• Prevalence in those with a major mental illness is 7 percent.
  • The prevalence in individuals with a substance abuse disorder is 20 percent.

Risk factors for violent behaviour in patients with mental disorders:

Major psychoses (especially if associated with the following):

  • Paranoia (with increased perception of threat to self)
  • Command hallucinations
  • Passivity phenomena
  • Puerperal psychosis—increased risk to the child
  • Delusional disorders (especially delusional jealousy towards a partner)
  • Severe depression (increased risk of infanticide and arson, but not most other crimes)
  • Antisocial, impulsive, or self-centered personality traits (increases risk by 16-fold)
  • Poor impulse control
  • Co-morbid use of alcohol or substances
  • Prior history of conduct disorder
  • Poor insight into illness or behaviour

It is worth noting that whilst excited patients are at high risk of disinhibited behaviour, reckless spending/driving and agitation, violence towards others or property is rare.

It is widely appreciated that mental disorders are massively over-represented amongst the prison population of most countries, and several large meta-analyses have been undertaken.

The prevalence of psychosis and major depression appears to be at least twice as high as in the general population, and the prevalence of personality disorders about 10 times as high.

Although the prison population has been steadily growing in recent decades, the number of mentally disordered offenders detained has been almost static.

Associations between specific psychiatric disorders and types of offence:

It is difficult to directly link specific psychiatric diagnoses with particular offences.

Mental disorders are not like many medical conditions (e.g. appendicitis) in that they rarely have a typical presentation.

There is great clinical heterogeneity and this is represent in the variety of offences that may be committed.

The following provides a brief overview of some associations between crime and particular disorders.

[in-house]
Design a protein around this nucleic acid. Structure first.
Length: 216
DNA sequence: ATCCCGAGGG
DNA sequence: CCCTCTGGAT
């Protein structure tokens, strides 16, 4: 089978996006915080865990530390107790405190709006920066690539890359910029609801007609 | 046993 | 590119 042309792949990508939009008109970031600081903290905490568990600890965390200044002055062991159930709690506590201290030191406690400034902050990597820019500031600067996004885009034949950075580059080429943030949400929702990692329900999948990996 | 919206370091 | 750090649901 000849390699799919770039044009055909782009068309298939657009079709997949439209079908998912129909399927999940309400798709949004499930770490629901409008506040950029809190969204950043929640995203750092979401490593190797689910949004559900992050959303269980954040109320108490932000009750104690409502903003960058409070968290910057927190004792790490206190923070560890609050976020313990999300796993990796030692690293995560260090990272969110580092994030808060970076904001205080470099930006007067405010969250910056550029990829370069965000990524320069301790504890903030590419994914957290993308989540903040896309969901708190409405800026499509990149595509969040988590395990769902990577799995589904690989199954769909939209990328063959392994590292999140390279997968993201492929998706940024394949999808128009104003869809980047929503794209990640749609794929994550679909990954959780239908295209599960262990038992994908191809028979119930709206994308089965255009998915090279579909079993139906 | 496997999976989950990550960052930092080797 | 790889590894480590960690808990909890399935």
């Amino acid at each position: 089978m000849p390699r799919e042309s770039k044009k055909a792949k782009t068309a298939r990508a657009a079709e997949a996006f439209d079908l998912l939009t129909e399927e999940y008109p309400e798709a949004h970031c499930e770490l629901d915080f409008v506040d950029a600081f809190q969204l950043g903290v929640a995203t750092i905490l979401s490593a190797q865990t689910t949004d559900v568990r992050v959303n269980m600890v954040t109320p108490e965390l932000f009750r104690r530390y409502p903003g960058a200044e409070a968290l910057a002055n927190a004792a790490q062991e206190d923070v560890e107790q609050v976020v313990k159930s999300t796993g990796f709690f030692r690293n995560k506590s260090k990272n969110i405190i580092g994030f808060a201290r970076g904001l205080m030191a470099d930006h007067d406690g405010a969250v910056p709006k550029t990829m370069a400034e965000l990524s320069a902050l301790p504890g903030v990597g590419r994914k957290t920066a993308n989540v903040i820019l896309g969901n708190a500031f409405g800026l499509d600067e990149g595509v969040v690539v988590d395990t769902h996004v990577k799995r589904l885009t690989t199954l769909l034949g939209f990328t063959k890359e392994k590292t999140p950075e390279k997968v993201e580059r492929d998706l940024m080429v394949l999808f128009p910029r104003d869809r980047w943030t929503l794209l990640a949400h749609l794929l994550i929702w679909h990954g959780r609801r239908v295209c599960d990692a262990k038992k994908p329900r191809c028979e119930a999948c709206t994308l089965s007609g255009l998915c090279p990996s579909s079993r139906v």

Schizophrenia i.e.:
  • Overall, crime is uncommon and usually minor, however, threats of violence should take seriously.
  • Compared with the general population, there is a two to four fold increase in risk of violence in men with schizophrenia, and a six to eight fold increase in women.
  • The individuals who are violent are often suffering from persecutory delusions, command hallucinations, or passivity phenomenon, typically the patient perceives others to a threat to their safety.
  • Violence is almost always towards family members; stranger attacks are uncommon.
  • Whilst these positive symptoms are risk factors. Additionally; they are outweigh by the increased risks associated with using alcohol and drugs.
Delusional disorders i.e.:
  • Individuals with delusional disorders are significantly over-represent in secure psychiatric hospitals, but uncommonly commit serious crime.
  • The particular conditions that are involve are delusional jealousy, delusions of love, querulous delusions, and misidentification delusions.
  • Sixty percent of those with delusional jealousy are violent towards their partners.
  • Stalking is a particularly interesting condition, which may associate with a delusional disorder.
  • There is an increase risk of homicide (both in the stalker and their victim) associated with stalking.
Mood disorders i.e.:
  • There is a low risk of offending in mood disorders.
  • An association between shoplifting and depression was suggest but systematic review has not confirmed this.
  • Very rarely, patients with severe depression may become violent.
  • Approximately 5 percent of UK homicides are follow by suicide of the perpetrator; in this situation depression is a common finding, although nihilistic delusions as a possible trigger are extremely rare.
  • More often, marital breakdown and other socioeconomic problems are evident.
  • excited patients occasionally commit petty crime due to their exuberant, unpredictable behaviour.
  • Charges such as indecent exposure, disrupting the peace, and minor theft are not uncommon.
  • Violent or serious crimes are rare.
Personality disorders i.e.:
  • The association between personality disorders and all types of crime is much stronger than for mental disorders.
  • Antisocial, overly suspicious, and borderline traits are particularly likely to lead to crime.
  • As previously mentioned, up to two-thirds of prison inmates have a personality disorder, most frequently antisocial personality disorder.
  • The combination of a personality disorder and alcohol/drug misuse increases the risk of offending by 16 times.
  • Official figures from Sweden reported 50 percent of individuals convicted of homicide in 2005 had a diagnosis of a personality disorder.